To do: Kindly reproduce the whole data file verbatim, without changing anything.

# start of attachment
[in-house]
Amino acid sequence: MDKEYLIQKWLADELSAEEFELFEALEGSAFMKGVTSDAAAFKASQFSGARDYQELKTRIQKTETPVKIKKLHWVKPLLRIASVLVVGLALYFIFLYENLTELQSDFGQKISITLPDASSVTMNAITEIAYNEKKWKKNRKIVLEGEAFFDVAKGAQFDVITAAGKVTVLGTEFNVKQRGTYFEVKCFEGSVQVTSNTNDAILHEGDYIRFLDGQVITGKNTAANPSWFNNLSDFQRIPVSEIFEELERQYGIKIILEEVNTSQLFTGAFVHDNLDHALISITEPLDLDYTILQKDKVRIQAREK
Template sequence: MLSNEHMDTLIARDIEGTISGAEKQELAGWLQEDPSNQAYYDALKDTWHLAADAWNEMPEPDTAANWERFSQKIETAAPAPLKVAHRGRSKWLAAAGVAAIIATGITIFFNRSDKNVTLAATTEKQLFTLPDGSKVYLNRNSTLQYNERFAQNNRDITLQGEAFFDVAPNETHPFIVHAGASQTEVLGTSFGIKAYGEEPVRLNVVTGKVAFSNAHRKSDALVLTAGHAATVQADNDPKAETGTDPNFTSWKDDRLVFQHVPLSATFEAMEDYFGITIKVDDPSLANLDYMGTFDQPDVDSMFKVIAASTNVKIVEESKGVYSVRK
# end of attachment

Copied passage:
[in-house]
Amino acid sequence: MDKEYLIQKWLADELSAEEFELFEALEGSAFMKGVTSDAAAFKASQFSGARDYQELKTRIQKTETPVKIKKLHWVKPLLRIASVLVVGLALYFIFLYENLTELQSDFGQKISITLPDASSVTMNAITEIAYNEKKWKKNRKIVLEGEAFFDVAKGAQFDVITAAGKVTVLGTEFNVKQRGTYFEVKCFEGSVQVTSNTNDAILHEGDYIRFLDGQVITGKNTAANPSWFNNLSDFQRIPVSEIFEELERQYGIKIILEEVNTSQLFTGAFVHDNLDHALISITEPLDLDYTILQKDKVRIQAREK
Template sequence: MLSNEHMDTLIARDIEGTISGAEKQELAGWLQEDPSNQAYYDALKDTWHLAADAWNEMPEPDTAANWERFSQKIETAAPAPLKVAHRGRSKWLAAAGVAAIIATGITIFFNRSDKNVTLAATTEKQLFTLPDGSKVYLNRNSTLQYNERFAQNNRDITLQGEAFFDVAPNETHPFIVHAGASQTEVLGTSFGIKAYGEEPVRLNVVTGKVAFSNAHRKSDALVLTAGHAATVQADNDPKAETGTDPNFTSWKDDRLVFQHVPLSATFEAMEDYFGITIKVDDPSLANLDYMGTFDQPDVDSMFKVIAASTNVKIVEESKGVYSVRK